Paul’s message in this context is that believers are ‘complete’ in Christ, who is head over all things and the substance of all true religion (2:17-19). Having been ‘circumcised’ by Christ – cleansed from sin and raised from spiritual death (2:13-14) – they needed no other provision.

Those who are circumcised in heart are complete in Christ. He is all they need for time and for eternity.

To beautify the Lord’s house

Our second outline sermon is based on Ezra 7:11-28 – King Artaxerxes’ commission to Ezra to return from Babylon to Jerusalem to revive temple worship and refurbish the temple itself. While the Joshua example is clearly tied to an explicit symbol, this second example reflects an implicit pattern.

A single verse opens up the whole passage. In verse 27 we read Ezra’s response to the gracious provisions the king had made: ‘Blessed be the Lord God of our fathers, who has put such a thing as this in the king’s heart, to beautify the house of the Lord which is at Jerusalem’.

The passage is all about beautifying God’s house – which typifies the church of Jesus Christ (Ephesians 2:19-22; Hebrews 3:6; 1 Peter 2:5-10).

The king’s problem

Although completely rebuilt only 70 years earlier, the temple had fallen on hard times. Concerned that all was not well – and fearing divine wrath if God’s name was dishonoured through negligence (7:23) – Artaxerxes sent Ezra to Jerusalem to teach the law and set in order the worship of ‘the God of heaven’ (7:14).

Ezra’s later chapters focus on the failings he found, particularly compromise with the world through intermarriage with idol worshippers (Ezra 9:1-15).

How clear a picture this is of the professing church today! Even within Evangelical churches we see much that dishonours God through compromise and accommodation with the world. Our passage therefore addresses a current and topical need.

The king’s purpose

Artaxerxes’ purpose was not just to prop up an ailing religion – it was to beautify the temple. He sought not just its survival but its transformation.

Similarly, God’s purpose (and our desire) is to see the church of Christ in our own day changed out of all recognition. But what can be done to ‘beautify’ the church of Christ? Answers are given here in the letter of Artaxerxes, ‘king of kings’ (7:12).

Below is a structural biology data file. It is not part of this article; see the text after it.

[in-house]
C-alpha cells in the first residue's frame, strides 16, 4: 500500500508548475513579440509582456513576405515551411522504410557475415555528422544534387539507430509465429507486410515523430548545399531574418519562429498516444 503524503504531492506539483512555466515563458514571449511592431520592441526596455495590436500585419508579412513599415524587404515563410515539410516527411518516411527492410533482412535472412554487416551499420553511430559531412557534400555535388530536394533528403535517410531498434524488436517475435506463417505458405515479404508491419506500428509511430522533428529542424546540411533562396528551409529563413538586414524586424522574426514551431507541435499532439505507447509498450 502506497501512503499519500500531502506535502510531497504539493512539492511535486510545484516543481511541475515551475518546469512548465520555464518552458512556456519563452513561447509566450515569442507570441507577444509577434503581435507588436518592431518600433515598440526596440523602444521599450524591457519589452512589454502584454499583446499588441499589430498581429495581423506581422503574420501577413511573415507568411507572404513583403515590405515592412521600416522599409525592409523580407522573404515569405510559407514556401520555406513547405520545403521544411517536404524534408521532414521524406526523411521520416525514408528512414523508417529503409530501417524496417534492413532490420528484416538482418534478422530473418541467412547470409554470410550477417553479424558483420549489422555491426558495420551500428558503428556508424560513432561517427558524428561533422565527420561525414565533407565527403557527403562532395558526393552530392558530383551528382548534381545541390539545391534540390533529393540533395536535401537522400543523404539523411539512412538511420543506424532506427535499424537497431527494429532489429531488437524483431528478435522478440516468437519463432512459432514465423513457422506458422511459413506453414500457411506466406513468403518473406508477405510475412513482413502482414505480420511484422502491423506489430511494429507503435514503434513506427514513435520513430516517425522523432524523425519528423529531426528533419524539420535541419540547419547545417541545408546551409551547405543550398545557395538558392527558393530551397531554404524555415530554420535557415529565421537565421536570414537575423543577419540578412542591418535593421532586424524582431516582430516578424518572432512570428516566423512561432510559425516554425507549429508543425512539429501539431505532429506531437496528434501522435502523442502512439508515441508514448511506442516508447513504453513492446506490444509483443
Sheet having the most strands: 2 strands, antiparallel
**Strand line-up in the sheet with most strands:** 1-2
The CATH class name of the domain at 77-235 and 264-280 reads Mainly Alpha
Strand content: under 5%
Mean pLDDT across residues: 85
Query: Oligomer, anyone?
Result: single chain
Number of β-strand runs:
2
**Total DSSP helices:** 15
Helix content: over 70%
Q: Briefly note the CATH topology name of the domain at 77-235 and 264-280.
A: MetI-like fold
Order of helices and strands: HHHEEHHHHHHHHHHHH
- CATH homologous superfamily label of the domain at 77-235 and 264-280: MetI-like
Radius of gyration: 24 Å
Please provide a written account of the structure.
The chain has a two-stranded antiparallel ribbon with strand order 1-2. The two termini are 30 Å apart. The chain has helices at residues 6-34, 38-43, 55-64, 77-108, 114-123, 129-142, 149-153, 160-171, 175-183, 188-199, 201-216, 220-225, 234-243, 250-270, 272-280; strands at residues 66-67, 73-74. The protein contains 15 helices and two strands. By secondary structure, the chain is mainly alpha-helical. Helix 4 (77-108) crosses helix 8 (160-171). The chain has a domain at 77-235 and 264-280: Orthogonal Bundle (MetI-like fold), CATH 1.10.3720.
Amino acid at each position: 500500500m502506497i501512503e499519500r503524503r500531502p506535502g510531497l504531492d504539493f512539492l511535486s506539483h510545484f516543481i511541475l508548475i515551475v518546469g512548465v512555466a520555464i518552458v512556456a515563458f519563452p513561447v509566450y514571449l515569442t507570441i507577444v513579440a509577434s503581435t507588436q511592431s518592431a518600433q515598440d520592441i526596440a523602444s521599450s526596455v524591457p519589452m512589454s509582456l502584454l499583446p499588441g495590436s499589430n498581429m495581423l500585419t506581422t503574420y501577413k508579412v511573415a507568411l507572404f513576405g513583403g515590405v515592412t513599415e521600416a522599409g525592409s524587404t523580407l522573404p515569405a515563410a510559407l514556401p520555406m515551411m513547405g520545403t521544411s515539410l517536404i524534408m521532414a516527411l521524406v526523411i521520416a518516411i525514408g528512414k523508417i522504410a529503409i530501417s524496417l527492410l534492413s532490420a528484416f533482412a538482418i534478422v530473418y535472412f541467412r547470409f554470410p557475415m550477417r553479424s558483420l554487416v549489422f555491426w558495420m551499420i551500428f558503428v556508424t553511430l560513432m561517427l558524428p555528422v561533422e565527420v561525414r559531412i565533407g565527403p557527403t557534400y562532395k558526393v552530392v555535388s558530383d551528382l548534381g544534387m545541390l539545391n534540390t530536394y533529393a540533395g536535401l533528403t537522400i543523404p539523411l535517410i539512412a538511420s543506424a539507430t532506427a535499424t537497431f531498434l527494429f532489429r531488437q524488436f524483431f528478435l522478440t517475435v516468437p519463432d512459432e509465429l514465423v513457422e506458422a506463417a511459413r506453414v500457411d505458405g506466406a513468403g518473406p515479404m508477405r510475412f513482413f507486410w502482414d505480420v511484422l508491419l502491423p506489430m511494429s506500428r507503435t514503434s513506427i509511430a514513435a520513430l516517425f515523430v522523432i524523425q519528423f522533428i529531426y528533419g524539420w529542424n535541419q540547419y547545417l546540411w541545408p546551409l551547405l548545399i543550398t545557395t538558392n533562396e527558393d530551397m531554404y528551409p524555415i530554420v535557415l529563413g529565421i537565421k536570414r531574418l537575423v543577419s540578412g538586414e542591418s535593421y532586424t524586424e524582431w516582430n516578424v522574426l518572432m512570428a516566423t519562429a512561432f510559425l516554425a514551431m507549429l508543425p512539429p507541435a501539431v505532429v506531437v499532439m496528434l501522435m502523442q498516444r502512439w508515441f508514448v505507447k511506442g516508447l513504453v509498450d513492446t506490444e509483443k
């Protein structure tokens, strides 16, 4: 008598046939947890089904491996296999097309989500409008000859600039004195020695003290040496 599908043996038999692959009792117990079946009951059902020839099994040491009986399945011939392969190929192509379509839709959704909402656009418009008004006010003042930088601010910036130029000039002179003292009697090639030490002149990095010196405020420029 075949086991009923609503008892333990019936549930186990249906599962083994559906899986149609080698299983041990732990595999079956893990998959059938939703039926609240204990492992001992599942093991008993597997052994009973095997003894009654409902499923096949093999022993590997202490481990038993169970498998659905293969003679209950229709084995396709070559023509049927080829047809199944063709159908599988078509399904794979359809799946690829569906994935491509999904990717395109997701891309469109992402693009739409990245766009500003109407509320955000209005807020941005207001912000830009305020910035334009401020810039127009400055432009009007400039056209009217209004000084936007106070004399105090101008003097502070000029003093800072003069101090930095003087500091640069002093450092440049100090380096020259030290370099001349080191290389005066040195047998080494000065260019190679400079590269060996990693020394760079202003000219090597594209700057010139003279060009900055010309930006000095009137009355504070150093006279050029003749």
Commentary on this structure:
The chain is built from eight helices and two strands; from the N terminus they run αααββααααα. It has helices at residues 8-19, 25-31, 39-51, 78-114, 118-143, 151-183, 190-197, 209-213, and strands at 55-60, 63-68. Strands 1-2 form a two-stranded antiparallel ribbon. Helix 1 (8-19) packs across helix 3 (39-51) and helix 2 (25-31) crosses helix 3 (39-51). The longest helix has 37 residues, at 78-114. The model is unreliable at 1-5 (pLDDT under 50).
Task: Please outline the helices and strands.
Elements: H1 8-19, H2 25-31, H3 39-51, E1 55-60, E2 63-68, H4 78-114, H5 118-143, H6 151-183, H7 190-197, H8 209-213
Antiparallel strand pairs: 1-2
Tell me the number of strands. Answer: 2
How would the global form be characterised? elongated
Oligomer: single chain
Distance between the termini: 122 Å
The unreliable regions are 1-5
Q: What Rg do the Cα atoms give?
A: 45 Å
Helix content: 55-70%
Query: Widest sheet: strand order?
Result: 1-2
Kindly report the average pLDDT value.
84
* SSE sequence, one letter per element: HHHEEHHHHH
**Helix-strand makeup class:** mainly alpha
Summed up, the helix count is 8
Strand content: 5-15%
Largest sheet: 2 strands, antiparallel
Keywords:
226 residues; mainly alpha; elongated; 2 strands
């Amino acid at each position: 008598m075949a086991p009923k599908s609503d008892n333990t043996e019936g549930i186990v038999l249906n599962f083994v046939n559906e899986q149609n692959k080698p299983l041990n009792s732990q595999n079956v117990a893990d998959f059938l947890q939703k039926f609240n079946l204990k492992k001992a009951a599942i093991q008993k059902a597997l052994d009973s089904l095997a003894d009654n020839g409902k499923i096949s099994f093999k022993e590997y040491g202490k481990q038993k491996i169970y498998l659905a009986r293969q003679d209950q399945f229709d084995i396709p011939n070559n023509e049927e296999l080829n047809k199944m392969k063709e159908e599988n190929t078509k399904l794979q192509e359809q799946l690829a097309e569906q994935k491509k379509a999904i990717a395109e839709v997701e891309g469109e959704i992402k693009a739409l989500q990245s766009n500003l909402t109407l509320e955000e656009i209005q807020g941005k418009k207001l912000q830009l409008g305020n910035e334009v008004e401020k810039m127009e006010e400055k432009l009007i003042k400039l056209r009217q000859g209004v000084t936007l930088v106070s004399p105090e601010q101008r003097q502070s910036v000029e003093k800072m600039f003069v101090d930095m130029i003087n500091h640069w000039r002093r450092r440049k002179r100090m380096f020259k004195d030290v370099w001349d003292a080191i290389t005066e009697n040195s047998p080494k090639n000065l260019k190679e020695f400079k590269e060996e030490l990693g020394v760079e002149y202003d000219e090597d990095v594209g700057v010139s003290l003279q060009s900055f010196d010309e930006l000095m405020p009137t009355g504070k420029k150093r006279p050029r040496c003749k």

So we shall find answers in the book of God which brings us to the ultimate King of kings and Lord of lords, even Jesus Christ (Revelation 19:16). It is Christ’s purpose to present to himself a glorious church, without wrinkle and without spot (Ephesians 5:27).

The king’s perception

Artaxerxes sends to Jerusalem neither a diplomat nor a figurehead but a humble priest. Herein we see the king’s perception, for Ezra was ‘expert in the words of the commandments of the Lord and of his statutes to Israel’ – he was ‘a scribe of the law of the God of heaven’ (7:11-12).

If the church is to be beautified she must be taught the Word of God – the living law and message of a sovereign God. Neglect the ministry of that Word and the church will decline.

To minister the Word aright, however, we must minister Christ, for the Scriptures testify of him (John 5:39). A biblical, Christ-centred ministry will enliven and beautify the church.

The king’s power

Ezra was sent not only by the king but also by his ‘seven counsellors’ (7:14). We see here an analogy with (if not a reference to) the Holy Spirit (Zechariah 3:9; 4:10).

The Word alone will not revive God’s people and beautify the church, but the Word and the Spirit together will do so. Paul preached ‘Christ and him crucified’ and his preaching was ‘in demonstration of the Spirit and of power’ (1 Corinthians 2:2-5). It is the Spirit’s work to reveal and glorify Christ (John 16:13-15).

The Spirit also helps our infirmities as we seek to intercede with God, and searches the deep things of God that we might have the mind of Christ (Romans 8:26-27; 1 Corinthians 2:10-16).

The king’s provision

Finally, out of ‘the king’s treasury’ Artaxerxes provided richly for Ezra’s every need (7:20). The silver and gold of Babylon was put at his disposal, along with the free-will offerings of God’s people (7:15-16). These riches were not to be squandered but used in the worship and service of God (7:17-18).

So also God supplies the needs of his work and of his people out of ‘his riches in glory by Christ Jesus’ (Philippians 4:19). Let us avail ourselves of that supply!

Space forbids further exploration of this wonderfully pregnant passage – but be aware that there is much more here to reveal how God will beautify his church on earth, that she might be fit to glorify him in heaven.

Edgar Andrews
An Elder of the Campus Church since its foundation, Edgar remains its co-pastor. He has written books on many Christian topics and was editor of the Evangelical Times newspaper for over ten years.